Who knew the humble burp could be so interesting? Here are a few more burp facts that Dr. Simple didn’t mention…

  • Not all animals, can burp; chicken, rats and horse are among some that cannot.
  • The average person passes wind (through burps and farts) an average 20 times a day!
  • This can add up to three or more litres of gas a day!

********************

Thanks so much for your question, Cathal, and if anyone else has a question for Dr. Simple, just leave it in the comments below!

A Simple Slice of Science – Why do we get Jetlag?

A Simple Slice of Science – Why do we get Jetlag?

For this Simple Slice of Science Dr. Simple looks at Jetlag… what is it, why we suffer from it and can it be avoided? This question originally came in from Lisa at Mama.ie when she wrote this blog post (so it only took me five months to write this response… I can’t blame jetlag for that!).

 

Why do we get Jetlag?
Why do we get Jetlag?

References:

*http://www.airspacemag.com/need-to-know/when-did-the-term-jet-lag-come-into-use-71638/?no-ist

**http://www.hhmi.org/biointeractive/mammalian-molecular-clock-model

 

A Simple Slice of Science – Why do we have five fingers?

A Simple Slice of Science – Why do we have five fingers?

This week’s questions comes from the youngest junior scientist in the Science Wows household and he wants to know…

Why do we have five fingers?

 

As it is National Maths Week Dr. Simple is happy to be talking numbers.

FiveFingers

 

References:

1. Why do most species have five digits on their hands and feet?

2. What if our hands had six fingers?

3. Why do we have ten fingers?

 

 

 

A simple slice of science – why does your voice sound different on the radio?

A simple slice of science – why does your voice sound different on the radio?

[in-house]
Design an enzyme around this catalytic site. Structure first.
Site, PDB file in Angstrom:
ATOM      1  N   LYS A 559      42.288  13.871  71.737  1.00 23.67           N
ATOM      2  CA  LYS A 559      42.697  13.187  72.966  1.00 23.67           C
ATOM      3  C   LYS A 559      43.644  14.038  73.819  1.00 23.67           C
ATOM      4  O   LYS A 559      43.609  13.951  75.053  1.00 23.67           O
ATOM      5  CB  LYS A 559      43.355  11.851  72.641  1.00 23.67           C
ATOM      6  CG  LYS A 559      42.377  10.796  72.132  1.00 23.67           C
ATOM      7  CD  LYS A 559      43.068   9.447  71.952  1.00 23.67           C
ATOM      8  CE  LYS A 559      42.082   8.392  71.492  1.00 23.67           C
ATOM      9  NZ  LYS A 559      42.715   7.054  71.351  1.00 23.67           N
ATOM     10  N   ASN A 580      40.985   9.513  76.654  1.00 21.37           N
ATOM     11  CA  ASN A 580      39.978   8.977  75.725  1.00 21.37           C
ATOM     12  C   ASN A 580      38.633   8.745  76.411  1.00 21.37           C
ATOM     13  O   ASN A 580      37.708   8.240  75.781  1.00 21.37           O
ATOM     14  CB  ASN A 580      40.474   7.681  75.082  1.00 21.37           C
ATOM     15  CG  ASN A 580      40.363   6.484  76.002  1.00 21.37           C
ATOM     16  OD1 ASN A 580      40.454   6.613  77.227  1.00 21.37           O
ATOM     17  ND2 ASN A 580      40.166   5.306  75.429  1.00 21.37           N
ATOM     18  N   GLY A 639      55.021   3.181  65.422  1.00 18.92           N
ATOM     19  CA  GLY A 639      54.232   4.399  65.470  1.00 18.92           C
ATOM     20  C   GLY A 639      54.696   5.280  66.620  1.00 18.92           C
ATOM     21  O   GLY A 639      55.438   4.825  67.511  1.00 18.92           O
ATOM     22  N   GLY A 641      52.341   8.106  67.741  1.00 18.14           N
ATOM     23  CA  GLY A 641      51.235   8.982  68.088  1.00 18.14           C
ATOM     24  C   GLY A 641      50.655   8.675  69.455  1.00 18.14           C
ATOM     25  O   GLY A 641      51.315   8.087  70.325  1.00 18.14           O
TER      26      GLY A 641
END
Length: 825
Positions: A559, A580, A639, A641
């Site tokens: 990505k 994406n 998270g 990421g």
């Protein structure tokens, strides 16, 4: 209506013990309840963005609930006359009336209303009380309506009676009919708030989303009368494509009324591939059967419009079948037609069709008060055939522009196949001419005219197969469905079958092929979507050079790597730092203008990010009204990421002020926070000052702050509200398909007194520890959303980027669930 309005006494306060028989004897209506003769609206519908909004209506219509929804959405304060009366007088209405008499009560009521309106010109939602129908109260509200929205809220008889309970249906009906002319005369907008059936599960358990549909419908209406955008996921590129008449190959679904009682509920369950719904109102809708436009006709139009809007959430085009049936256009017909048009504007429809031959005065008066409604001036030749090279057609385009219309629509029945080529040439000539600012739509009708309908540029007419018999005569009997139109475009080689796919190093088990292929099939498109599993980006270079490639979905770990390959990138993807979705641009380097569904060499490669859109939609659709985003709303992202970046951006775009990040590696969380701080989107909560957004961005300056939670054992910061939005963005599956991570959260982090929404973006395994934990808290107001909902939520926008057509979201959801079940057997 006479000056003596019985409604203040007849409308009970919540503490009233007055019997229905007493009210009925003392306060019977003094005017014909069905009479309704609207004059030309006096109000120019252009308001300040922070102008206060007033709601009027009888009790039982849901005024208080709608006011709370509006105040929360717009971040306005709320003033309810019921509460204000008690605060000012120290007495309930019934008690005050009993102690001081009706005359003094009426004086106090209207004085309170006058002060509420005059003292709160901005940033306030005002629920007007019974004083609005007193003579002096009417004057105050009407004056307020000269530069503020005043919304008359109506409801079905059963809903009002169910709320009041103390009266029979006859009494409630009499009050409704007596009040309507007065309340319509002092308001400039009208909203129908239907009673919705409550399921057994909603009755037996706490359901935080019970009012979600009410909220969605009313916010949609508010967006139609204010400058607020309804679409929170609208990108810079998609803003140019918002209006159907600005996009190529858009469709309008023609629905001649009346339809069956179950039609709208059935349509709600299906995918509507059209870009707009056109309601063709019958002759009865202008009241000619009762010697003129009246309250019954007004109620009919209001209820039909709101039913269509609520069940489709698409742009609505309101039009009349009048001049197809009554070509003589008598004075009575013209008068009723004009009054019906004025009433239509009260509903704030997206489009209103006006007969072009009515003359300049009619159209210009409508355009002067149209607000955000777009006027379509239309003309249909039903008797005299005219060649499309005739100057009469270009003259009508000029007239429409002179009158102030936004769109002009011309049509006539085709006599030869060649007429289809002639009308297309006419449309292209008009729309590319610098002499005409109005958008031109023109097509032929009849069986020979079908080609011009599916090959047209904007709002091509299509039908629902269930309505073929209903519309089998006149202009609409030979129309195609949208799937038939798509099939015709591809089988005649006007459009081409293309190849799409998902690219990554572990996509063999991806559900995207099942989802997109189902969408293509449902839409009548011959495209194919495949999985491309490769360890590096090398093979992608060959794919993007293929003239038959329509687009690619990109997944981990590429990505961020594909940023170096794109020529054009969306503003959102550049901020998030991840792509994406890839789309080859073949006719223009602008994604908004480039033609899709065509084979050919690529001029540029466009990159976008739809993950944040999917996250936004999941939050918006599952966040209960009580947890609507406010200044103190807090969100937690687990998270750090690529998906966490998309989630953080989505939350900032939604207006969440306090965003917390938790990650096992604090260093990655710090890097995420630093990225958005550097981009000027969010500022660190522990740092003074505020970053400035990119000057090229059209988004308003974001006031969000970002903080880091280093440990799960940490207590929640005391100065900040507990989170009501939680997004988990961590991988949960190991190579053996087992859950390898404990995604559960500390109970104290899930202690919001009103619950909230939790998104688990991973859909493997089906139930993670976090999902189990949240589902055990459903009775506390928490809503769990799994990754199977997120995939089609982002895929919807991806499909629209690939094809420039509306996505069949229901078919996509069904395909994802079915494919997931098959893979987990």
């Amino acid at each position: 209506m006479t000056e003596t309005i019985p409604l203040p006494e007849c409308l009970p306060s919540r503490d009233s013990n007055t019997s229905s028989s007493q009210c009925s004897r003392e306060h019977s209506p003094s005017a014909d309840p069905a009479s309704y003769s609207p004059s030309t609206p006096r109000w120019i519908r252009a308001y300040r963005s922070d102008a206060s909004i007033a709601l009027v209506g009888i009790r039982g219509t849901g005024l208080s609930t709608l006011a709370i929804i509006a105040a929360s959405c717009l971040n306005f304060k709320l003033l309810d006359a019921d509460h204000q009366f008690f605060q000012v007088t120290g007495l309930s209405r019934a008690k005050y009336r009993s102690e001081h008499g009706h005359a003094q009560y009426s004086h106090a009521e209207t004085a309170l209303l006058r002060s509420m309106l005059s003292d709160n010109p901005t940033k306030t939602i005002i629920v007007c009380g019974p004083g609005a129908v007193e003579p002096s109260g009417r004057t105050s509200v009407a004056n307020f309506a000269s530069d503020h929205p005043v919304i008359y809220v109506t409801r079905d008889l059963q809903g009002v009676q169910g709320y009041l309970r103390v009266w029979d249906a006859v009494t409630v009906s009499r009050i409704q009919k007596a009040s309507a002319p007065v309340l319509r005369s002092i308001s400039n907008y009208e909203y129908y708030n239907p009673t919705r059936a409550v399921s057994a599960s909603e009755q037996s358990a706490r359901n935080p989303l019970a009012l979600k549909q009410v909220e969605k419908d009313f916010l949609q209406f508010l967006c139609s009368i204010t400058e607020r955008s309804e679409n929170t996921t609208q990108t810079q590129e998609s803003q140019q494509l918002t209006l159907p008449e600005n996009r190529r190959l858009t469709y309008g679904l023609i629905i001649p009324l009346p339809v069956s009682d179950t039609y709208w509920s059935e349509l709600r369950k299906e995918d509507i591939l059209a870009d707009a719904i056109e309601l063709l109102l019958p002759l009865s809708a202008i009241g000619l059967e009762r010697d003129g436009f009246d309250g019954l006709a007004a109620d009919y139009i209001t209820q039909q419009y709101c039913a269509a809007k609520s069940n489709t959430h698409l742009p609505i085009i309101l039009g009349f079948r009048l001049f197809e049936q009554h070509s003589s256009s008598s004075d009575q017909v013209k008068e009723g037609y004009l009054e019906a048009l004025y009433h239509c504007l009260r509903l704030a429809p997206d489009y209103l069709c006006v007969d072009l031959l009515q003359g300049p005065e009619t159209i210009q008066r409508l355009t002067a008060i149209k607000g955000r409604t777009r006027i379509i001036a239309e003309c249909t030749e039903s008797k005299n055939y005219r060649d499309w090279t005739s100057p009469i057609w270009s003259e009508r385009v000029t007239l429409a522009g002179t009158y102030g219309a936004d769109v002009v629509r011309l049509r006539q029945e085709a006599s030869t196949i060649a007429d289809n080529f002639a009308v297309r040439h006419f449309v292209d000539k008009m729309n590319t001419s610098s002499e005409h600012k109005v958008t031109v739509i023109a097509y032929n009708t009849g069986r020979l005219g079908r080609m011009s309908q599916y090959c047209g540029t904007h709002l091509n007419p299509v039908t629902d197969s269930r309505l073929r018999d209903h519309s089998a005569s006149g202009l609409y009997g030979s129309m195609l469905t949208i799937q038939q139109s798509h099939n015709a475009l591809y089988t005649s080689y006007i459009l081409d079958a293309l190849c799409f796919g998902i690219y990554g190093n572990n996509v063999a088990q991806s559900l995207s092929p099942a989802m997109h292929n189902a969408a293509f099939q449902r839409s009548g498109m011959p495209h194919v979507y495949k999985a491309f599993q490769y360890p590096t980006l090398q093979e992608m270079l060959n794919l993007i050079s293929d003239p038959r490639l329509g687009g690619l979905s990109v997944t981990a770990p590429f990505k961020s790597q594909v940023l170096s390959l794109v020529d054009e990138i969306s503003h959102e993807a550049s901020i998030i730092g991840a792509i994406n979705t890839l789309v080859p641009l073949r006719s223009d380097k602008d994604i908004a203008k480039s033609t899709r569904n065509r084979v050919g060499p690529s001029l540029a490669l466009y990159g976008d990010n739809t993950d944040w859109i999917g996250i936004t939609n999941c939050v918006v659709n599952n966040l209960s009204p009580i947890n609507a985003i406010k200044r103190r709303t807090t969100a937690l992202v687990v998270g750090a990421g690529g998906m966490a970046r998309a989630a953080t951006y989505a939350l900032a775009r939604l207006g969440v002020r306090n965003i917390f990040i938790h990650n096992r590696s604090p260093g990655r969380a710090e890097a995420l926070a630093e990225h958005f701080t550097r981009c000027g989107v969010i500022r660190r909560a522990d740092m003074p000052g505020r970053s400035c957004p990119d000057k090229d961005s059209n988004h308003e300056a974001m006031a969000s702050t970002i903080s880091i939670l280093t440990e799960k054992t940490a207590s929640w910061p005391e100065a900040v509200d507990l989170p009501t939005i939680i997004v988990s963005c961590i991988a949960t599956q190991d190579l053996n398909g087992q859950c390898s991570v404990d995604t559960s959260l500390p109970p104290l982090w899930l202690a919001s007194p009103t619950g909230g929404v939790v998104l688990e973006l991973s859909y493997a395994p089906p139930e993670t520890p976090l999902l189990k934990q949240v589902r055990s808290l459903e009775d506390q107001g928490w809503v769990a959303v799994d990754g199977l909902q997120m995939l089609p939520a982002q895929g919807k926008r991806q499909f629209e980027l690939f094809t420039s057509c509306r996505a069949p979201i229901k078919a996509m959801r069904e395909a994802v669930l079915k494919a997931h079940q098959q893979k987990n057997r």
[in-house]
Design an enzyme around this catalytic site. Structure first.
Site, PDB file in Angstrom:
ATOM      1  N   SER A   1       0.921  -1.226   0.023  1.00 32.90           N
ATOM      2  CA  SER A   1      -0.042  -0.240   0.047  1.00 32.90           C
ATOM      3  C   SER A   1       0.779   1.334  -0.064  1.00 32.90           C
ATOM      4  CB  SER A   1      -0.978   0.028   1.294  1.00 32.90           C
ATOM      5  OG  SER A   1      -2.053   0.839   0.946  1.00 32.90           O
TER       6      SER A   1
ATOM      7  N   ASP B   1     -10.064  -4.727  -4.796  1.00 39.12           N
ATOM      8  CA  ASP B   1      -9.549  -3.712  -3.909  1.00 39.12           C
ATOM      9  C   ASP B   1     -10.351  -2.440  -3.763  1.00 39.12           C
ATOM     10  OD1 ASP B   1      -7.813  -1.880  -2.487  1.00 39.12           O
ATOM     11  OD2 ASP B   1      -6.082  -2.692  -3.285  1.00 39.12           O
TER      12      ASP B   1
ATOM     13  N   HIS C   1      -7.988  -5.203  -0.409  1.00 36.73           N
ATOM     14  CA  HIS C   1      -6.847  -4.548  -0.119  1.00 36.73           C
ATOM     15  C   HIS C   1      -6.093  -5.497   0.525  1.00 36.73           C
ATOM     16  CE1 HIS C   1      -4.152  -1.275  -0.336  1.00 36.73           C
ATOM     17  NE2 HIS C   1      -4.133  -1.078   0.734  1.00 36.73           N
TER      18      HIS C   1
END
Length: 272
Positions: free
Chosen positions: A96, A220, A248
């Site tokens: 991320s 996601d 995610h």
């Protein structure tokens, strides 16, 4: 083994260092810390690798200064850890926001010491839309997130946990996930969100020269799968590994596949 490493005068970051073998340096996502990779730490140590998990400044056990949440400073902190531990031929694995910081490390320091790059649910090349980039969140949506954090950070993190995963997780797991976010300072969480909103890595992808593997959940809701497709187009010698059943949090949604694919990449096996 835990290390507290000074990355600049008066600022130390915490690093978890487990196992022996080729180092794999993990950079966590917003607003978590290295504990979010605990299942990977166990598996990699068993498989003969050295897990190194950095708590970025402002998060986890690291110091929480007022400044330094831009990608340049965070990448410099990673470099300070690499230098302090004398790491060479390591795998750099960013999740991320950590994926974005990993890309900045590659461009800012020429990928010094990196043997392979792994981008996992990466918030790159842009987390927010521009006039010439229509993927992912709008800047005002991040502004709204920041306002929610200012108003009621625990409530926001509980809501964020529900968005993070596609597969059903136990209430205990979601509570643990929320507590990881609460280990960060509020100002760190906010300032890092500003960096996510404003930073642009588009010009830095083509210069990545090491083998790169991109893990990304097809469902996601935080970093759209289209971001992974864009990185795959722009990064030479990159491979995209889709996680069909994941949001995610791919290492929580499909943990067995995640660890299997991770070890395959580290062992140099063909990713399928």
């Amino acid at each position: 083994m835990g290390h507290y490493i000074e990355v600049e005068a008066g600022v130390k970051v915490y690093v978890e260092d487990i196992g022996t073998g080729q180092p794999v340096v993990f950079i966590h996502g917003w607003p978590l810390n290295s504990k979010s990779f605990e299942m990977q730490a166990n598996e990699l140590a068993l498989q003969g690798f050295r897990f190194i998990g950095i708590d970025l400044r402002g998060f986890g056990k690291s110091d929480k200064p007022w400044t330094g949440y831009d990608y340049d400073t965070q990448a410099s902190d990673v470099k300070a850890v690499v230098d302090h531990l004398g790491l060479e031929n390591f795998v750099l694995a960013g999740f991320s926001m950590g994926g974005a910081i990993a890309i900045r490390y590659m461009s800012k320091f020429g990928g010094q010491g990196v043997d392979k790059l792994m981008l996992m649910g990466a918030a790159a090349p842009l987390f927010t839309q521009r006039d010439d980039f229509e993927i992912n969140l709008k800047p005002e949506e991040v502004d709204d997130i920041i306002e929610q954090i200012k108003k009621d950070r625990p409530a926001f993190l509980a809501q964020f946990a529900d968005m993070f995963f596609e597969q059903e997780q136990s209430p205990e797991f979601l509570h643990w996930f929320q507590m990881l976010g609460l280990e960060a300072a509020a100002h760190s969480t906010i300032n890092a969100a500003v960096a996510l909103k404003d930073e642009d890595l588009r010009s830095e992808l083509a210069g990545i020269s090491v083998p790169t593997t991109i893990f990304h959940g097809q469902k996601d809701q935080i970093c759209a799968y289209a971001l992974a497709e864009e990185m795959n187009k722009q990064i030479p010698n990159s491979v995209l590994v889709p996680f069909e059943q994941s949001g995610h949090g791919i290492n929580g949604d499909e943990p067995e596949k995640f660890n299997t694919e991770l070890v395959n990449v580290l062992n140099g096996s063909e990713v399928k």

Dr. Simple is back with another really cool question. This one comes in from Jill, who can often be found here, when she is not pondering such questions as….

why does your voice sound different on the radio?

 

So if, like me, you cringe when hearing your voice from any recording then sit back, tune in and check out what Dr. Simple has to say on the matter…

 

Radio-voice

 

 

A Simple Slice of Science – How can I make two of me?

A Simple Slice of Science – How can I make two of me?

This week’s question for Dr. Simple is a real gem and comes from six year old Abigail (you might find her mentioned here too)…

How can I make two of me?

I think if Abigail is asking these questions at the age of six then she will really go far, don’t you agree?

Here is what Dr. Simple has to say on the matter… and don’t adjust your screens if you think you are seeing double!

 

HowCanIMakeTwoOfMyself

 

Transmogrifier
Image source: http://calvinandhobbes.wikia.com/wiki/Transmogrifier

So there you have it! Hopefully a simple answer to a really wonderful question. It certainly opens up the discussion of whether we should be cloning or not. As a geneticist myself I wouldn’t be encouraging it, but I do have a much simpler answer… I reckon if Abigail could just build herself a Transmogrifier then she will really have nailed the whole cloning thing. She could turn herself into another Abigail and the job would be done!

If you do make one Abigail, can I borrow it?

A simple slice of science – Why do we yawn?

A simple slice of science – Why do we yawn?

This week’s question comes from seven year old Emily, who, I hear is always asking her mum questions… sometimes her mum even writes about it here.

Emily wants to know….

Why do we yawn?

 

Dr. Simple will try to stop yawning long enough to answer the question…. because yawning is contagious! See how many times you yawn while reading this and leave us a note in the comments below!

 

yawn

So, go on, tell us how many times did you yawn?

 

Further reading/references:

The surprising science of yawning

Different yawn, different functions?

In group/out group bias in contagious yawning

Individual Variation in Contagious Yawning Susceptibility Is Highly Stable and Largely Unexplained by Empathy or Other Known Factors.